The torrents of water that raged down onto this city, killing hundreds of people, are testimony to a man-made ecological disaster. Poverty has transformed Haiti's once-verdant hills into a moonscape of bedrock ravaged by ravines.
More than 98 percent of its forests are gone, leaving no topsoil to hold rains. Even the mango and avocado trees have started to vanish, destroying a vital food source in favor of another necessity for the impoverished — charcoal for cooking.
"The situation will continue, and other catastrophes are foreseeable," Jean-Andre Victor, one of Haiti's top ecologists, said in the capital, Port-au-Prince.
More than 800 are dead across Haiti from floods spawned by Tropical Storm Jeanne over the weekend, with 1,000 more missing and presumed dead. In May, light rains triggered floods that killed more than 3,000 people on Haiti's barren southern border with the Dominican Republic.
"When you remove vegetation, the topsoil washes away. The earth isn't capable of absorbing rainfall," said Rick Perera of the international humanitarian group CARE, which supports alternative energy programs in Haiti to lessen dependence on charcoal.
Less tree cover also means less regular rain, since trees "breathe" water vapor into the air. The result is a dropping water table, making for even poorer farmers, the backbone of Haiti's economy.
A 90-minute flight from Miami, Haiti is one of the poorest countries in the world. Most of its 8 million people don't have jobs, and political instability discourages foreign investors.
U.N. Secretary-General Kofi Annan urged donors on Wednesday to help Haiti recover from the "devastating natural disaster." But it's very much a man-made one.
Most Haitians are descendants of African slaves brought over in the late 1600s by French colonizers who destroyed tens of thousands of acres of virgin forest to plant the cane that made Haiti the world's largest sugar producer. More wood was cut to fuel the sugar mills. Entire forests were shipped to Europe to make furniture of mahogany and dyes from campeachy.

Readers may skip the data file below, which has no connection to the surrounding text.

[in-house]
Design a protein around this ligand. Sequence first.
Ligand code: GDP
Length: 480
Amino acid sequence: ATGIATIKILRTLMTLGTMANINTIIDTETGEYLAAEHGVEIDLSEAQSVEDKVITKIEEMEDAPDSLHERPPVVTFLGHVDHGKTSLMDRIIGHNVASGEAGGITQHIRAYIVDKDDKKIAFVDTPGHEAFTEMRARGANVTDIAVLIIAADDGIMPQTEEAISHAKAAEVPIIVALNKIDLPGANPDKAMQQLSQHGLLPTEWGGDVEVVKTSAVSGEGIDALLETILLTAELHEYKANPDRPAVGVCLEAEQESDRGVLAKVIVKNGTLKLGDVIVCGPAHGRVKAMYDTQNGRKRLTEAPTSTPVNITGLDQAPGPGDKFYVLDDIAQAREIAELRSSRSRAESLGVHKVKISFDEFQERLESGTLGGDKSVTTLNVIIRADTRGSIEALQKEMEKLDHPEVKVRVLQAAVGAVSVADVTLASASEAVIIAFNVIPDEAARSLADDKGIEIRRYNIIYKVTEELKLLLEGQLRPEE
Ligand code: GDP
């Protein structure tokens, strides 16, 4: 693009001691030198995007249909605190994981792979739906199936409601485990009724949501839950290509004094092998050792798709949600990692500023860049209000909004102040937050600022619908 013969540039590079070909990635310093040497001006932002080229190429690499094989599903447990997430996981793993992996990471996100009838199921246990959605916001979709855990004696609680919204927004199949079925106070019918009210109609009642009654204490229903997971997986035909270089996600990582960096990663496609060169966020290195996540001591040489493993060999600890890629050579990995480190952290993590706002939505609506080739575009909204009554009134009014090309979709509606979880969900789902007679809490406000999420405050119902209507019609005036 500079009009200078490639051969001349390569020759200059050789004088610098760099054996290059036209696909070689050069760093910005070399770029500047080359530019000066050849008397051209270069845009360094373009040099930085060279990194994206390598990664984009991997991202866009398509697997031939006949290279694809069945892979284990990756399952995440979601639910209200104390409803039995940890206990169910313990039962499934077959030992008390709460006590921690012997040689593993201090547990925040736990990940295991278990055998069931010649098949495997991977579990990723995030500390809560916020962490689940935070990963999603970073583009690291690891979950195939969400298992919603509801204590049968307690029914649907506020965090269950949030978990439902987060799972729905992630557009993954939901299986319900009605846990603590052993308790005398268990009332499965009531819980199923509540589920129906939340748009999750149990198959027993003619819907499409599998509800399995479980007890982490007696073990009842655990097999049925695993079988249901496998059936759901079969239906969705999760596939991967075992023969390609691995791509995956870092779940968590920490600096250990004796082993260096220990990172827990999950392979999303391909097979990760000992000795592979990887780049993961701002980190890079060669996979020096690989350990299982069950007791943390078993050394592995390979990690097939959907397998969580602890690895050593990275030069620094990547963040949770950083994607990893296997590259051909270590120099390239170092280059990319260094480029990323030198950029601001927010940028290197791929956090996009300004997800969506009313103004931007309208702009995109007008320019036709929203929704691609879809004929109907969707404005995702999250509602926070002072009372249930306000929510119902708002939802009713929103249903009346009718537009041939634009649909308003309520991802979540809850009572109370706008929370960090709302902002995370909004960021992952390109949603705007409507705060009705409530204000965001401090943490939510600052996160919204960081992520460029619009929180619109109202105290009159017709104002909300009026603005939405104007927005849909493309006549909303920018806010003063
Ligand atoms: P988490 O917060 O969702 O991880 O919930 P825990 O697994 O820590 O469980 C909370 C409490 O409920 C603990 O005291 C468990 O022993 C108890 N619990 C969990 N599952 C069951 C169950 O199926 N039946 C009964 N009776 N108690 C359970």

After rebellious slaves defeated Napoleon's army and Haiti became the world's first black republic in 1804, great plantations were divided among the slaves.
Under an inherited French law, land is shared among a man's heirs. One of the fastest growing populations in the world — Haitian women average five births each — has reduced the average holding to little more than a half acre. That's not enough to support a family of seven even in a good rainy season.
Pressed for income, farmers chopped trees to make and sell charcoal.
From the air, you can see the border with the Dominican Republic, which shares Hispaniola island with Haiti. Lush forests stop suddenly and give way to barrenness. Vast stretches of the Dominican Republic remain in the hands of a wealthy few.
The difference in vegetation also is reflected in the death tolls. The Dominican Republic lost just 19 people to Jeanne, including 12 people who drowned in swollen rivers.
In 1950, about 25 percent of Haiti's 10,700 square miles was covered with forest, said Victor, the agronomist. In 1987, it was 10 percent. By 1994, 4 percent. Now, foreign and Haitian scientists find only about 1.4 percent of the Maryland-sized nation is forested, he said.
Here in Gonaives, where rebels launched the rebellion that forced out President Jean-Bertrand Aristide last February, Jeanne deluged the region with rains for some 30 hours. Water-logged valleys behind the mountains funneled torrents of water that bloated the four rivers surrounding the gritty city of 250,000 people.
After the May floods, interim Prime Minister Gerard Latortue, said, "The root of the problem is that we have to go and reforest the hills and until we do that, every two, three, four years after some heavy rain, the same thing could happen again."
Over the past 20 years, the U.S. Agency for International Development has planted 60 million trees in Haiti, but the poor chop down 10 million to 20 million trees each year, said David Adams, USAID director in Haiti.
Perera, the CARE official, said small-scale replanting projects and pilot programs using alternative cooking fuels such as solar energy and propane are trying to change habits. Still, 71 percent of the energy used in Haiti comes from charcoal, Victor said.
Though the deforestation is obvious, many steeped in superstition believe the disasters are caused by a higher power, a belief that officials say makes it hard to fix the problems.
"It was God who made this flood," said Eliphet Joseph, a 43-year-old salesman.
Other people blame decades of official corruption and mismanagement.
"The whole country's environment is messed up, that's why we had these (floods)," said Cherly Etienne, 28, who lost her cousin and aunt.
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